If you’ve ever felt overwhelmed by all the different options available for blanketing your horse, we’re here to help! The Cheshire Horse Better Blanketing Guide will help you decipher the differences between various blankets, learn the advantages of certain features, and ultimately select the best winter wardrobe for your horse.
High Neck Blankets extend past the withers to the neck. This reduces the pressure put on the withers by the blanket, which makes them the ideal choice for high-withered horses and/or those prone to wither rubs.
V-Front blankets like the Horseware’s Wug Blankets are cut into a “V” shape around the neck. They are slightly higher over the shoulder and neck and then come together lower on the chest. This design reduces the pressure localized onto the horse’s chest and shoulders.
Clip front closures provide a fast and easy way to get your horse’s blanket on and off. These also include an adjustable buckle for a custom fit. Adjust the buckles once and never worry about the fit of the blanket again with the quick and easy clip closures.
Traditional hoods offer full face coverage, while neck covers (sometimes referred to as combi-necks) simply cover the neck. Whether you choose a hood or a neck cover, it must match the blanket you plan to use it with in order to ensure proper fit and effectiveness.
Neck Cover Size
Leg straps can help blankets and sheets stay on the “blanket Houdini,” although for a more skittish horse you might want to go without them. Some blankets have leg straps, some don’t (including all Horseware blankets), and some have removable straps for ultimate flexibility. Leg straps should be fastened so that the left strap is passed around the left hind leg and fastened back to the left side. The right strap should then pass around the right hind leg, loop through the left strap, and then fasten to the right side. There should be about 4-5″ between the strap and the horse’s leg in order to prevent the blanket from slipping without causing the horse any discomfort.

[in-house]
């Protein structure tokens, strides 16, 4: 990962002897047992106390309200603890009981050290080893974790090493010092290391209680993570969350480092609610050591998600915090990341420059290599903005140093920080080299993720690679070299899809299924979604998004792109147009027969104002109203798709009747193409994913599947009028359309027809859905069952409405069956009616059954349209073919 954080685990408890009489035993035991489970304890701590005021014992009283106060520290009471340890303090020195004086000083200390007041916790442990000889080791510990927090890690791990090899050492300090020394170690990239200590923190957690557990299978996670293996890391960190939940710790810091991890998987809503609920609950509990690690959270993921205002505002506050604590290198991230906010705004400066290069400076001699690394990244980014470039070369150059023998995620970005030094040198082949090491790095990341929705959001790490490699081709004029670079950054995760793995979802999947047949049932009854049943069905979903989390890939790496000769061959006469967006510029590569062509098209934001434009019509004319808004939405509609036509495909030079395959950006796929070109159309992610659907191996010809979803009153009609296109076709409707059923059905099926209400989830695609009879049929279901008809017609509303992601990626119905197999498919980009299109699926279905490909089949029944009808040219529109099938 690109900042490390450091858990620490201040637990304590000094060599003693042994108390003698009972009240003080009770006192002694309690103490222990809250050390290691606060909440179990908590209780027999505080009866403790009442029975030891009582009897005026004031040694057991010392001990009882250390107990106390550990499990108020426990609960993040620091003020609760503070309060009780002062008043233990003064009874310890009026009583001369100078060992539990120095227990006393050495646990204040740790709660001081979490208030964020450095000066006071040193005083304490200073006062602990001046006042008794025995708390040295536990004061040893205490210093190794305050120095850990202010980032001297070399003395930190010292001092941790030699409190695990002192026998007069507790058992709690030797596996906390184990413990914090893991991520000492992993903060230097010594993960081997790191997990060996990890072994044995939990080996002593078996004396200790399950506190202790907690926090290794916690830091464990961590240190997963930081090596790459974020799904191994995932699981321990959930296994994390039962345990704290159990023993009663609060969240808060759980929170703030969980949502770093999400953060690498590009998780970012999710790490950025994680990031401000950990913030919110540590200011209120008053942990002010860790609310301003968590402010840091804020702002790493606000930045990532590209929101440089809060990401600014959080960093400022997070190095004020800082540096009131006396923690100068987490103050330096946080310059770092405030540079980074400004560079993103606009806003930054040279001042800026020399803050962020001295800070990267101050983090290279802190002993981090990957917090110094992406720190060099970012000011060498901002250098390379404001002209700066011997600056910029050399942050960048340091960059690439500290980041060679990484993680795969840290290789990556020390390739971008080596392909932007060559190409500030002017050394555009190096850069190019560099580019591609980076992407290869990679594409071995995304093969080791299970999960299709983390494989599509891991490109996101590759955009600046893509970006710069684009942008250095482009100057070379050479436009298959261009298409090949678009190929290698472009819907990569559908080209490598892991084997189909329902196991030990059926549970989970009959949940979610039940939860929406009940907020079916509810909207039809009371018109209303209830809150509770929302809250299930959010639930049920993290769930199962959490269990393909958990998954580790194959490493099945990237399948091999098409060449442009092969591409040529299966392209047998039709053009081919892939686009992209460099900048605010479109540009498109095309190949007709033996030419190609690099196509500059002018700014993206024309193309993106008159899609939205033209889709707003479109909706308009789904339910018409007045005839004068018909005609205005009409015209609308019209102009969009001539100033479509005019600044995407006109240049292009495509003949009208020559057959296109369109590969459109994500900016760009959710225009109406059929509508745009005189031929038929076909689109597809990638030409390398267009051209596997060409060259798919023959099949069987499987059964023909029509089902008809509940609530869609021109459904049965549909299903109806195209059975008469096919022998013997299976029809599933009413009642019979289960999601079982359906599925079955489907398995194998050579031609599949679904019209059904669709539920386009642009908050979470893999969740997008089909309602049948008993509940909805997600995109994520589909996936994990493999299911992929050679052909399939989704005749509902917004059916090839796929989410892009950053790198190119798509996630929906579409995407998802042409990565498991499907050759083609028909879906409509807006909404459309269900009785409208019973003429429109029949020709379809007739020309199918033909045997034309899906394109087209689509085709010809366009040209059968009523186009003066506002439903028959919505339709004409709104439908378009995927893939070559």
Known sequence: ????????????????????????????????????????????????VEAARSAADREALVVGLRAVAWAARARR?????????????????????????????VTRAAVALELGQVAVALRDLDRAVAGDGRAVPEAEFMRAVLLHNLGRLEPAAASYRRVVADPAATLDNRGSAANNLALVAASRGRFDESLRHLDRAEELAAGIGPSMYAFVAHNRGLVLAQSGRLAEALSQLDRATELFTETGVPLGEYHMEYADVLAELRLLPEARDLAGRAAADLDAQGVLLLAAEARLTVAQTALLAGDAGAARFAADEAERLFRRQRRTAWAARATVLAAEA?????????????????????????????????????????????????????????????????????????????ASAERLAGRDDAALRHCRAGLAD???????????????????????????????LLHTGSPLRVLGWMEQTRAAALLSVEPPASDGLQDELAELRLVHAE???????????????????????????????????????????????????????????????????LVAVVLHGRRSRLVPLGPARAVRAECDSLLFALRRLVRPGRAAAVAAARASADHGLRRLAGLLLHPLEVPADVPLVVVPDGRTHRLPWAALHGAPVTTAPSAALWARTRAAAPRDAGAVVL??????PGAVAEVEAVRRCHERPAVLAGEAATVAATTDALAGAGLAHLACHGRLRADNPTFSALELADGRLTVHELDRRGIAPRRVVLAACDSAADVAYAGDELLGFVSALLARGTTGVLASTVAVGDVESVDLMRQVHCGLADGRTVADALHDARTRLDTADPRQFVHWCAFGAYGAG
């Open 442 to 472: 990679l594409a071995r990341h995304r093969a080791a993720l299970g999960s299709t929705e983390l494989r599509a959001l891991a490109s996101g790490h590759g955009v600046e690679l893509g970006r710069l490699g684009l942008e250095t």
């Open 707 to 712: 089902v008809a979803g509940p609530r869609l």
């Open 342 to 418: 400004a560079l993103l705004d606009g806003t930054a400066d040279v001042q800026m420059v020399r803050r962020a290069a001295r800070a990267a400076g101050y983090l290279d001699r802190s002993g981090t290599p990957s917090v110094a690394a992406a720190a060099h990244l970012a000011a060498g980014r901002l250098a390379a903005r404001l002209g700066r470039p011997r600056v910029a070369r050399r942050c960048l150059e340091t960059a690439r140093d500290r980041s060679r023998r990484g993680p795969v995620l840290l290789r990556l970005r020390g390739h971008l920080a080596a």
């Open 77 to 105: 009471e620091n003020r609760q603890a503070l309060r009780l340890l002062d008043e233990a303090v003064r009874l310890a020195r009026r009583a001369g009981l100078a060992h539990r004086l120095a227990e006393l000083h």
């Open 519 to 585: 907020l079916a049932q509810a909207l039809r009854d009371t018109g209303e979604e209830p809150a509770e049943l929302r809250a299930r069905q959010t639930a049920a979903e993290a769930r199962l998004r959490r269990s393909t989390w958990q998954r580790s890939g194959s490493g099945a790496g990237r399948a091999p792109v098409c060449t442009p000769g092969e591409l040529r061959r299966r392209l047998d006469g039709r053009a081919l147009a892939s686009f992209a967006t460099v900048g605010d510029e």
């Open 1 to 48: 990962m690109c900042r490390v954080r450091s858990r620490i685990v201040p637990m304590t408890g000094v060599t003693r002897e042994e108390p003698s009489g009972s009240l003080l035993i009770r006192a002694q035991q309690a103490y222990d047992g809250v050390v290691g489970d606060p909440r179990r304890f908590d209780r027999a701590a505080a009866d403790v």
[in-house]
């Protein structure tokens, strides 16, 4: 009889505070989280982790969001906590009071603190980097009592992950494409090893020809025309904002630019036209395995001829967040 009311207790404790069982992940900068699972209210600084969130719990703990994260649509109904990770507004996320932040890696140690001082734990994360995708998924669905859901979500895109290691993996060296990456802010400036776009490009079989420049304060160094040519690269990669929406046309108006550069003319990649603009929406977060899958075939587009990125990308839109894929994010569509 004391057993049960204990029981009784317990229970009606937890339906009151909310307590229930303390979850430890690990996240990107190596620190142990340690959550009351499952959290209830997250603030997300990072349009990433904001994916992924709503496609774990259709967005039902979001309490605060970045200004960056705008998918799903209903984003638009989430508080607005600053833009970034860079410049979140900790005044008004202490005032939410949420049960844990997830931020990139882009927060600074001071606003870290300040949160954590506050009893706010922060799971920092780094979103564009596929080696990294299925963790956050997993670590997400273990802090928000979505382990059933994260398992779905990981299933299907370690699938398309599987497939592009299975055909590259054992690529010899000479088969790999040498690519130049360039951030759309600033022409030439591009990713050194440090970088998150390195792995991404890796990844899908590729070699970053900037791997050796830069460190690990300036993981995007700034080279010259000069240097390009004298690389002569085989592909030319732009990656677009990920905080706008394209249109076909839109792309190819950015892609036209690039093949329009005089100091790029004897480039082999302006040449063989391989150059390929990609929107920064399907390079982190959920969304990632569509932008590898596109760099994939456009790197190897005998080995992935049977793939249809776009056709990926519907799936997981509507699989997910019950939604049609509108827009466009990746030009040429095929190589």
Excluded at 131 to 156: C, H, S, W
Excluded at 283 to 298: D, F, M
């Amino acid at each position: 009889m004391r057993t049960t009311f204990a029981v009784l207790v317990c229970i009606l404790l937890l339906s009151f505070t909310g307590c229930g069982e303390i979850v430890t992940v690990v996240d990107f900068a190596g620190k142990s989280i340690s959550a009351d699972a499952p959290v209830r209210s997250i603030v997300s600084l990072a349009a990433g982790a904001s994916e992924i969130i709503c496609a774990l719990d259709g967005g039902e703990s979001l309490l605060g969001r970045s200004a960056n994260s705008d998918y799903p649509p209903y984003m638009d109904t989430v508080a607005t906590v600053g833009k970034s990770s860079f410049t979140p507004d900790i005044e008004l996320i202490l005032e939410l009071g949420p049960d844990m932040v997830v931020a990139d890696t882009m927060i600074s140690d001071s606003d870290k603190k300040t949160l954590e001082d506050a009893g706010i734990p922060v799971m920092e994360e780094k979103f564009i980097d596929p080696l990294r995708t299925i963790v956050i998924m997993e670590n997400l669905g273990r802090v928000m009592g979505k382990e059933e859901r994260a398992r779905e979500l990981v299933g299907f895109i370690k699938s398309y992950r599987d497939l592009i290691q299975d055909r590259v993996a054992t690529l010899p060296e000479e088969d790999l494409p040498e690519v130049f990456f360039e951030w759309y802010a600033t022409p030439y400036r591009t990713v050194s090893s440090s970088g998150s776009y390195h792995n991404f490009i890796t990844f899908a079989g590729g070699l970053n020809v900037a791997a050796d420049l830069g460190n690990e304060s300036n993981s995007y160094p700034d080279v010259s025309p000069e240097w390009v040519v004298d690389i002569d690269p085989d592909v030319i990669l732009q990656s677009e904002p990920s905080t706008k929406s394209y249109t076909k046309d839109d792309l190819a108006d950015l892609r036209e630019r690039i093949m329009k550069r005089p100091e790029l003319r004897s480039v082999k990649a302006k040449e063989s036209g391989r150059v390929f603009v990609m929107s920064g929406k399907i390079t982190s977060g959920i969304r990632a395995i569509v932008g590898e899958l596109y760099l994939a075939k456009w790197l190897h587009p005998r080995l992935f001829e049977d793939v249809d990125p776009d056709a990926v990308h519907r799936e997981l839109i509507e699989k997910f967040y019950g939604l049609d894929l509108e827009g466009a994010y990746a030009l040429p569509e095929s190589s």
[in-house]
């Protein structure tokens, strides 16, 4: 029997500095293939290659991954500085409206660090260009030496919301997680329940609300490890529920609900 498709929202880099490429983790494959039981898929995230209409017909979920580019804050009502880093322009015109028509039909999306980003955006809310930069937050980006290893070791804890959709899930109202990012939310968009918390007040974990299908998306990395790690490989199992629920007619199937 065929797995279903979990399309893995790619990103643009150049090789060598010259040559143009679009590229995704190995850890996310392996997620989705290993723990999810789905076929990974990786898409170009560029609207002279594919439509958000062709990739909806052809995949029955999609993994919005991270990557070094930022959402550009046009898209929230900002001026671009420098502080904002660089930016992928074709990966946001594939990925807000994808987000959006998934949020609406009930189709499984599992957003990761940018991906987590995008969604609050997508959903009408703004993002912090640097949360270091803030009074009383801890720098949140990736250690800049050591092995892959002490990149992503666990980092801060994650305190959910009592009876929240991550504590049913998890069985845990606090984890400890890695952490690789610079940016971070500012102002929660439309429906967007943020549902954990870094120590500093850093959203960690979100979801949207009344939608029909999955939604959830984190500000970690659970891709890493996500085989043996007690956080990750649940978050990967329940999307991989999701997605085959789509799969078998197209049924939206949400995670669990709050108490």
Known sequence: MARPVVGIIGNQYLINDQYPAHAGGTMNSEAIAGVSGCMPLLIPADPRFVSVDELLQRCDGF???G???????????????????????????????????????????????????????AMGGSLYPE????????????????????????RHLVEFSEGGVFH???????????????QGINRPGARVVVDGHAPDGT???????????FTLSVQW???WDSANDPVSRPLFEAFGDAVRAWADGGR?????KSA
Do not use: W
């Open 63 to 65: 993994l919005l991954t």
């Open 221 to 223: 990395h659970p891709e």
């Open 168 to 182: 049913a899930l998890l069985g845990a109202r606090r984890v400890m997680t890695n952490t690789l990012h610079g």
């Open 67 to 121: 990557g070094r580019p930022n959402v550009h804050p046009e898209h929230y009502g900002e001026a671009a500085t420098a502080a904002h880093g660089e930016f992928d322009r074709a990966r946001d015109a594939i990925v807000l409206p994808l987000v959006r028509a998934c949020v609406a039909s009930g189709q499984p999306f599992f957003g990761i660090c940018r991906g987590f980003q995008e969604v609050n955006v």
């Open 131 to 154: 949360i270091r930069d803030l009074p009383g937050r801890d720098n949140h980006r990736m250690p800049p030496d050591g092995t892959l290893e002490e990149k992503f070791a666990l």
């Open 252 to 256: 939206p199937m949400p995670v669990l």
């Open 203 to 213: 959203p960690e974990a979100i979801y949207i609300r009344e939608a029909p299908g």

Stable blankets weigh less than turnout blankets and are not waterproof or windproof. If your horse is stabled inside at night and turned out during the day, you can protect the stable blanket by using a turnout sheet over it while your horse is outside.
Large horses are built with proportions that can be more difficult to fit — but not with the Amigo XL line from Horseware! This line is waterproof and breathable, and Lite, Medium, and Heavy turnouts and neck covers are available.
Goats and minis deserve the love and warmth that come from blanketing, too! The Horseware Goat Coat is made from a waterproof, windproof, and breathable fabric to keep your little buddy comfortable. We carry a variety of blankets sized just for your mini.
For more resources on blanketing, check out…
Our post on Understanding Horse Blankets:
- Turnout vs. Stable Blankets
- Denier: What is it? And what do the numbers mean?
- Lite, Medium and Heavy
- How should my horse’s blanket fit?
Our guide to Blankets for Every Equine (and Animal):
- Growing Horses and Other Animals
- Ponies and Miniature Horses
- Draft Horses
- Narrow and Wide Chested Horses
- “Houdini” and Wrecker Horses
- Measuring for a Blanket
- Dog Blankets